Supporting Survivors of Suicide Loss

Dear Barbara, A friend of mine had a child commit suicide.  Do you have reference material that I might use to help my friend?

Part of normal grief is all the questions we will never have answers to, the whys and what if’s? With death by suicide those questions are ten fold. With a child’s death by suicide those questions are a so much more.

Blame is a feeling and series of thoughts we also have surrounding a death by suicide. Blaming others, blaming the person that died, and blaming ourselves. “If we had done things differently this life would not have been taken” is paramount in our mind.

As a society, and often through religion, we place guilt and shame, not only toward the person that has ended their life but the family and significant others. This stigma adds to the grief we are feeling and experiencing. 

All this information will really not affect the intense grief and many emotions that make up the grief we feel.  A death by suicide takes normal grieving to a whole different level. Answers will be hard to find, nothing will seem to make any sense. I can just say that for some people, children included, life feels too difficult to let it play itself out to a natural ending. 

My Friend, I Care; The Grief Experience is the booklet I wrote for “normal” grief. Your friend will naturally experience some of what is described in the booklet in addition to the more complicated feelings in regard to a death by suicide specifically.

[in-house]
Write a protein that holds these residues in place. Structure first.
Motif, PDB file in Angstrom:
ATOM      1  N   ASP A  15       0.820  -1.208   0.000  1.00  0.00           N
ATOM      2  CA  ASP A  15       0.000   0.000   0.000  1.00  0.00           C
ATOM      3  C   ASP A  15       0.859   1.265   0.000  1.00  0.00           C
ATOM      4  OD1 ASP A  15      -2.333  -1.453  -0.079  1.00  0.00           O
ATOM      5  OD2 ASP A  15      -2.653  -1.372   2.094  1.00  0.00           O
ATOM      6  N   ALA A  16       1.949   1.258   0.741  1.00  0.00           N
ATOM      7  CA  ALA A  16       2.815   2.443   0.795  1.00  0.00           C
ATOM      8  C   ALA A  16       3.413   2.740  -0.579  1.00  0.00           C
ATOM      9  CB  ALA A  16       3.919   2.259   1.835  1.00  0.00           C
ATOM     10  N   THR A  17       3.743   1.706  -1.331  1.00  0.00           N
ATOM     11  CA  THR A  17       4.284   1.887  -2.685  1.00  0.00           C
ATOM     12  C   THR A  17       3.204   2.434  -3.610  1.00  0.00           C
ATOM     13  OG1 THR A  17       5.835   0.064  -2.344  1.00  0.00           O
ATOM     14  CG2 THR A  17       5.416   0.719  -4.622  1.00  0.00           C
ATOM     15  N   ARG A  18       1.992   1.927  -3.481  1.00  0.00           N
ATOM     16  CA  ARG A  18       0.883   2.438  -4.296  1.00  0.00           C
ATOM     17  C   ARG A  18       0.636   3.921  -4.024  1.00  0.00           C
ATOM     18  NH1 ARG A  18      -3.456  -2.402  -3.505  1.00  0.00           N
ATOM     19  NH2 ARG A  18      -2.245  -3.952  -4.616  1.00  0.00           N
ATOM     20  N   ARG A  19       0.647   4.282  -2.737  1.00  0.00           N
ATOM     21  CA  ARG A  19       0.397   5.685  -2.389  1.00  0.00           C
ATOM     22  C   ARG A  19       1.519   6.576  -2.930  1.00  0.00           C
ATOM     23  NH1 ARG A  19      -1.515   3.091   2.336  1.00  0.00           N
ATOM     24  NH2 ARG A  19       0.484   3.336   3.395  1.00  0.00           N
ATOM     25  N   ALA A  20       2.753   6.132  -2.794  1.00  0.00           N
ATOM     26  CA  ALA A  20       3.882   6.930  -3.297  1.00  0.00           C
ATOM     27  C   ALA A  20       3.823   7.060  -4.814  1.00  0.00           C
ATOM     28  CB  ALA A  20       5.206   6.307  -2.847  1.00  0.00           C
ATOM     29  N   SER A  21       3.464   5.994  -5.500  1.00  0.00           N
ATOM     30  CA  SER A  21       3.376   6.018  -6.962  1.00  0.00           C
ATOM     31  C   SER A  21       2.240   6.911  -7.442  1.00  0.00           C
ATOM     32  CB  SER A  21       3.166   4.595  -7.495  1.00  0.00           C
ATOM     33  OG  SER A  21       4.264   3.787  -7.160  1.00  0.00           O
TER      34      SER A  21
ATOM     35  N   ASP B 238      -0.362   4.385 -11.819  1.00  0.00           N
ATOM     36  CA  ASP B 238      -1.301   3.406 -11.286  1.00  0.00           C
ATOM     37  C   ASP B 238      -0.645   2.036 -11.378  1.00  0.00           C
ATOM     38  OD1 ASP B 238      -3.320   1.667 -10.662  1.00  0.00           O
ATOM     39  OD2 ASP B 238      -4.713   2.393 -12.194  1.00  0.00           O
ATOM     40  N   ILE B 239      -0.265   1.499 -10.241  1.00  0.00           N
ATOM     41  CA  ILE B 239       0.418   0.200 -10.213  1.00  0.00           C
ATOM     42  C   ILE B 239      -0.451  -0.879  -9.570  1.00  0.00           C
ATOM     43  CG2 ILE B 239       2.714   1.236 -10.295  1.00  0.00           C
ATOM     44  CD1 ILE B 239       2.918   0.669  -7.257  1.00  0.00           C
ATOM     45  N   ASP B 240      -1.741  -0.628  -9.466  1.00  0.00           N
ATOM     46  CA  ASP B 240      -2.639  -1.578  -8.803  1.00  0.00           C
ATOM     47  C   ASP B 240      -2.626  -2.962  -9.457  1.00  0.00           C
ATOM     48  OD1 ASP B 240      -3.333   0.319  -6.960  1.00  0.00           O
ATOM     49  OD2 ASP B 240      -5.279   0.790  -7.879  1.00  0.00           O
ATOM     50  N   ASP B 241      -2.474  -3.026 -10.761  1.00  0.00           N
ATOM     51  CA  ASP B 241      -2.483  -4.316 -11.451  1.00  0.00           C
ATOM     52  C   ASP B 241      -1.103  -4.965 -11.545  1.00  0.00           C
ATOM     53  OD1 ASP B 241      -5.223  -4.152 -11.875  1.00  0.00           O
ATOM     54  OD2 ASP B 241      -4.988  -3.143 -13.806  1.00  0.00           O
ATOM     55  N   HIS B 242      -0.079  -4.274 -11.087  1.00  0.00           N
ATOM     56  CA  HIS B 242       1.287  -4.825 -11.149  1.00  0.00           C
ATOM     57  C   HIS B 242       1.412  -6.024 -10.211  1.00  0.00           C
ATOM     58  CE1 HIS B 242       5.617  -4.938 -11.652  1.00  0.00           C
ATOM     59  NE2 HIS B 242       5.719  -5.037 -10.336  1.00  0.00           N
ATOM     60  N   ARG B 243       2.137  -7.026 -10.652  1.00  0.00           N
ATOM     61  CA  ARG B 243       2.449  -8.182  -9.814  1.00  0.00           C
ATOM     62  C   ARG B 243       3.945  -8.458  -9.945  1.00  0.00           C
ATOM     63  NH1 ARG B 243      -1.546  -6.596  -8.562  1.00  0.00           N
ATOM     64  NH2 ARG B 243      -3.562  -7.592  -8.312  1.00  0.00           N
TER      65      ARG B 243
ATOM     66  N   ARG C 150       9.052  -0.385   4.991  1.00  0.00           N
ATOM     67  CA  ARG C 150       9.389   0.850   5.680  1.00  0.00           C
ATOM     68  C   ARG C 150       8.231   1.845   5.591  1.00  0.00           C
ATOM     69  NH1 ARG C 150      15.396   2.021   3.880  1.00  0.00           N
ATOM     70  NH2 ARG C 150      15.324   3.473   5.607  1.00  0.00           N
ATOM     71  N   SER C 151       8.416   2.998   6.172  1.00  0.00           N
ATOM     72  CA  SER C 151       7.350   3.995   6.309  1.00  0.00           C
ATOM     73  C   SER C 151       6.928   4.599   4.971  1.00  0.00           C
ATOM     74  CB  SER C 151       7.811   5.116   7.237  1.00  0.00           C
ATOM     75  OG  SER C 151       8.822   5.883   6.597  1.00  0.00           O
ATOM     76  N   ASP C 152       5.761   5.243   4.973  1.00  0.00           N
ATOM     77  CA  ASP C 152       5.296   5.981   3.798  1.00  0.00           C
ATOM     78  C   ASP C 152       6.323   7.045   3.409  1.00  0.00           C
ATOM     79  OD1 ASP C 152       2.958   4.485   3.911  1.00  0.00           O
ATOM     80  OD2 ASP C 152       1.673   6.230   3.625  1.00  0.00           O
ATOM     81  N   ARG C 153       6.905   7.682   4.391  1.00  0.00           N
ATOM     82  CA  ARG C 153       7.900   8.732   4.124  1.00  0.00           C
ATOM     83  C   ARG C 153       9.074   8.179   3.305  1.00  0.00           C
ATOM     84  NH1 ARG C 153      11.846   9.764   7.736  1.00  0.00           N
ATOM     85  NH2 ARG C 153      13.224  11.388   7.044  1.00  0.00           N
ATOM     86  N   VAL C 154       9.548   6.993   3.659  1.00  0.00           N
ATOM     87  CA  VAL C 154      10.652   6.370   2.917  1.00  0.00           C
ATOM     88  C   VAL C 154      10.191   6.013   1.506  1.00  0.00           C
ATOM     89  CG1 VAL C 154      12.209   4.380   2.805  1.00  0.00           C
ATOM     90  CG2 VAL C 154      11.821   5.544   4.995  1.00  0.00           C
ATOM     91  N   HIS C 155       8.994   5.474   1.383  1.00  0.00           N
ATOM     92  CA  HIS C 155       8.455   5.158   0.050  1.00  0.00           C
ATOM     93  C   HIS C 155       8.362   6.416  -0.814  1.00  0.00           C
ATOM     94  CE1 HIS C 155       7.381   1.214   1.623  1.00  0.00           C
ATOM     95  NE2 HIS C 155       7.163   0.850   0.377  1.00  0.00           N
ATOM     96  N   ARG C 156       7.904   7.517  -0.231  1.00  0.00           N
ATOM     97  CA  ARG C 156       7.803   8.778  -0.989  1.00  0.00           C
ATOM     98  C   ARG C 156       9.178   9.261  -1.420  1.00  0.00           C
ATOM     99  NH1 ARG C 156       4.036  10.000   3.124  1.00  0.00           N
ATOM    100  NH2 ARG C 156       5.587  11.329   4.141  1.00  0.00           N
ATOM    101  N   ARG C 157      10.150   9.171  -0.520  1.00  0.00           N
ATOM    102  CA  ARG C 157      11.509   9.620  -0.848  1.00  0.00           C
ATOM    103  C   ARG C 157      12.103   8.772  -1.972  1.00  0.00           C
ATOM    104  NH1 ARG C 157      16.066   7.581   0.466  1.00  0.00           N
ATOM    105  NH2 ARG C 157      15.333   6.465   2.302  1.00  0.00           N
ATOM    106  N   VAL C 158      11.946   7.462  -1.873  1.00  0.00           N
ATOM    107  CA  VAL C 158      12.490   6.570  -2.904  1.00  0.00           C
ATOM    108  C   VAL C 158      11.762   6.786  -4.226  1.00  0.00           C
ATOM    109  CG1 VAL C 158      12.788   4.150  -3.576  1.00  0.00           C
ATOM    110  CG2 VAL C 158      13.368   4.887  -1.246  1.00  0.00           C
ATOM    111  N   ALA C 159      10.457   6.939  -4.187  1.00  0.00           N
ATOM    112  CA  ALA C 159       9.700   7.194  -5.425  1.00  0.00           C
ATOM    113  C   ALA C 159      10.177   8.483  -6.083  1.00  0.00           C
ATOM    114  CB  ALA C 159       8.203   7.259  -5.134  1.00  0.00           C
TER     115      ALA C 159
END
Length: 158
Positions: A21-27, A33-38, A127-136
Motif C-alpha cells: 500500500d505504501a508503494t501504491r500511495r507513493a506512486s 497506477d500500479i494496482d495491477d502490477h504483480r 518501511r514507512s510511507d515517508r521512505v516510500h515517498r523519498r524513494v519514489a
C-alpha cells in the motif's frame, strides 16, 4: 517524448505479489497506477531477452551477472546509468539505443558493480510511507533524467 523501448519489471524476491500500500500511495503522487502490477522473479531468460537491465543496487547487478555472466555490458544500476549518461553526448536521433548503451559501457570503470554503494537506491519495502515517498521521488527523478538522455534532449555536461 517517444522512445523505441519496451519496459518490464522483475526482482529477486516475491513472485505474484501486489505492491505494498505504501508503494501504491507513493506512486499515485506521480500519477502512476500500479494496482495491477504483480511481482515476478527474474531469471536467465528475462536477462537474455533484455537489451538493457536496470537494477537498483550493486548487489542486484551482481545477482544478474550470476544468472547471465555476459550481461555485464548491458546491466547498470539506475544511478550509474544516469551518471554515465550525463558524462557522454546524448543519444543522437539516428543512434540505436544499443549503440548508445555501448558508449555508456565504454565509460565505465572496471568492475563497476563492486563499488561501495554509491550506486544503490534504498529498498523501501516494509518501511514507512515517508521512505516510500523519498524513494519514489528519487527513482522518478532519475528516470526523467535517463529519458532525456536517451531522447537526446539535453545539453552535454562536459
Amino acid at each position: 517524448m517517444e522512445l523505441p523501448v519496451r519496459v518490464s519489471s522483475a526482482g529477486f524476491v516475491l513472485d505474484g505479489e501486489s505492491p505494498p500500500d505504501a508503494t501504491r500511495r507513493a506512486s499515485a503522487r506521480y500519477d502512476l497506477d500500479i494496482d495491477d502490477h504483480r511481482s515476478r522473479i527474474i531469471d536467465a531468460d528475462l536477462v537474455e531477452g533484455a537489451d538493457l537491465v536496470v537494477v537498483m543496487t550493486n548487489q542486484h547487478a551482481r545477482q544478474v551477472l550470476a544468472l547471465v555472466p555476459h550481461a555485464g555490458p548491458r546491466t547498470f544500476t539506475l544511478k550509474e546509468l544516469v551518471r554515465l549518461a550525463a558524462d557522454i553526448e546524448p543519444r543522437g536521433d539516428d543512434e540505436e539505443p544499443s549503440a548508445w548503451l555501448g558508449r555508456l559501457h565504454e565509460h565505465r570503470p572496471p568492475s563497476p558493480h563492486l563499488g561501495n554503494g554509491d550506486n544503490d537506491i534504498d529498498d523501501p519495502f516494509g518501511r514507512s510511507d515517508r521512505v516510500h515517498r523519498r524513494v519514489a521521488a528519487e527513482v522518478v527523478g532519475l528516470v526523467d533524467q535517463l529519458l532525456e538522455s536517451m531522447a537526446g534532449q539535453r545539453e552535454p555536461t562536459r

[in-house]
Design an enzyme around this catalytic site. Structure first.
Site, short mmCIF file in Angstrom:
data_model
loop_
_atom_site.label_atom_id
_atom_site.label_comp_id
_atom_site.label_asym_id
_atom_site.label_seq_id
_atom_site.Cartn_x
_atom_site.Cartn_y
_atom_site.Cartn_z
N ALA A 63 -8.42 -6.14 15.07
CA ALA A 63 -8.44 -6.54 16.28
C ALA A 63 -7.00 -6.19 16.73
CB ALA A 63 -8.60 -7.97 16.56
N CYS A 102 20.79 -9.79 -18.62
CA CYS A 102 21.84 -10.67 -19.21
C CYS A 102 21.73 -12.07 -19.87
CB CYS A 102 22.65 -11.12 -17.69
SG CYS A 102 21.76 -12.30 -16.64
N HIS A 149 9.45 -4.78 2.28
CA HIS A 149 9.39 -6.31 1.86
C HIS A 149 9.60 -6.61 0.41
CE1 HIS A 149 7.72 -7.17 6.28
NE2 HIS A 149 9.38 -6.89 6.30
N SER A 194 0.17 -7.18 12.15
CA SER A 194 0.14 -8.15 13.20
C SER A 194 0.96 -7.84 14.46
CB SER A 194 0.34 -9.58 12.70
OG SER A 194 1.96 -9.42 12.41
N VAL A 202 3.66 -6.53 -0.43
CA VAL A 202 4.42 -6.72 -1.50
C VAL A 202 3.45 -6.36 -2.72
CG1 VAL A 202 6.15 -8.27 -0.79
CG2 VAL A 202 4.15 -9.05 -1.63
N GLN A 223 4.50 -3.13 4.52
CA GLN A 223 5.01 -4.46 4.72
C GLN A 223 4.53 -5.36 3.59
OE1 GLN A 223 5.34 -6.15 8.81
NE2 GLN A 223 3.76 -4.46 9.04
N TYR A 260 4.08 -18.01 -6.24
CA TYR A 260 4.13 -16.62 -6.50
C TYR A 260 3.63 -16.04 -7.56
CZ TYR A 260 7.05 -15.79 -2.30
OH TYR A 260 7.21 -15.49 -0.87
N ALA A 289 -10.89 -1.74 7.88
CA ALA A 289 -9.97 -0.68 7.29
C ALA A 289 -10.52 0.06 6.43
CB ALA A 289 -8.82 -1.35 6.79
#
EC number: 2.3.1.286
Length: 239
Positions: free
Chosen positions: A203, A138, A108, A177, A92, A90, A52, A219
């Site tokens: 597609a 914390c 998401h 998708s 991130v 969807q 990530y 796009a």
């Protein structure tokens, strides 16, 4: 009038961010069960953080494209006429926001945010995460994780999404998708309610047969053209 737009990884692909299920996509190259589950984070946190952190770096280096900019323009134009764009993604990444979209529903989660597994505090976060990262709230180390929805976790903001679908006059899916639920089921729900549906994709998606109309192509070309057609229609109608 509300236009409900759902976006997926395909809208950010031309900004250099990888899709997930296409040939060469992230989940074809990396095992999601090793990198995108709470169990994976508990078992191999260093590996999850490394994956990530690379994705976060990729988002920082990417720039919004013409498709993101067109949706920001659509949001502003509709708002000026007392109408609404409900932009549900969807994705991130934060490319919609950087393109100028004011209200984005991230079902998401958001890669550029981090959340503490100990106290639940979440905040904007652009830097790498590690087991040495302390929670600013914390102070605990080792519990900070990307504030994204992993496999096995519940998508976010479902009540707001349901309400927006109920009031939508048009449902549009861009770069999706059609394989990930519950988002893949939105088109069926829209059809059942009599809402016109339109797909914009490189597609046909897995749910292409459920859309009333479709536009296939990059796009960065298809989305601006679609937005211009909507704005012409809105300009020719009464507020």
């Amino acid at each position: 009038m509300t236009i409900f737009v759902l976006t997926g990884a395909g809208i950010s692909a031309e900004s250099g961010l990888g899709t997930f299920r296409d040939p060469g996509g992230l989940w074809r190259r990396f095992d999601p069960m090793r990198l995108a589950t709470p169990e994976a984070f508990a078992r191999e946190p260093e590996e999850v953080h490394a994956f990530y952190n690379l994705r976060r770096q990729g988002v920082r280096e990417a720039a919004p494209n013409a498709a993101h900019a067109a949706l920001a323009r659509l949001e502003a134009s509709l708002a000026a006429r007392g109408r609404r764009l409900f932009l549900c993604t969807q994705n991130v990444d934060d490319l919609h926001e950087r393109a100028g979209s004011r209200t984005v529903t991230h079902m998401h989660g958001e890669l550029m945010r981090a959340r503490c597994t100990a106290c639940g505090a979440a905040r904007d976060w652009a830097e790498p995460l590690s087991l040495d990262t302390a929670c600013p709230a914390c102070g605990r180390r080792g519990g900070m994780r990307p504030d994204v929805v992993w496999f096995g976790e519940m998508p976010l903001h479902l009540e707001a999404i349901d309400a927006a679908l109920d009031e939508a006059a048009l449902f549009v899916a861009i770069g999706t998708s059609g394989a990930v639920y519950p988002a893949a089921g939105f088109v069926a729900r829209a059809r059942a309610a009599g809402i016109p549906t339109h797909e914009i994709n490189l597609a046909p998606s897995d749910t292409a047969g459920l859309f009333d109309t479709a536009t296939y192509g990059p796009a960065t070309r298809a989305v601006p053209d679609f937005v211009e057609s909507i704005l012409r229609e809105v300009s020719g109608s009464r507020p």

There are no words, no prayers, no pills that can ease the pain of loss, guilt, recriminations and confusion that come with a death by suicide, particularly of a child. Being a friend who cares, who is there, a presence, is of greatest value for the griever.

Something More about… Supporting Survivors of Suicide Loss


The American Association of Suicidology (AAS) is a world-leader in the development, implementation, and facilitation of accreditation, certification, and training programs. Their programs are evidenced-based and best practices to uphold...

The American Foundation for Suicide Prevention offers support with Healing Conversations. Healing Conversations gives survivors of suicide loss the opportunity to speak with volunteers, who are themselves loss

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1 comment

Dennis j Parker+

Barbara – I think it might be more fair to say “sometimes through religion” as my religious focus would NEVER place guilt, shame toward the person, family or significant others of a suicide.

BK Books replied:
You are right Dennis not all religions place blame regarding suicide. Many provide compassionate, supportive guidance. Blessings in the work you are doing. Barbara

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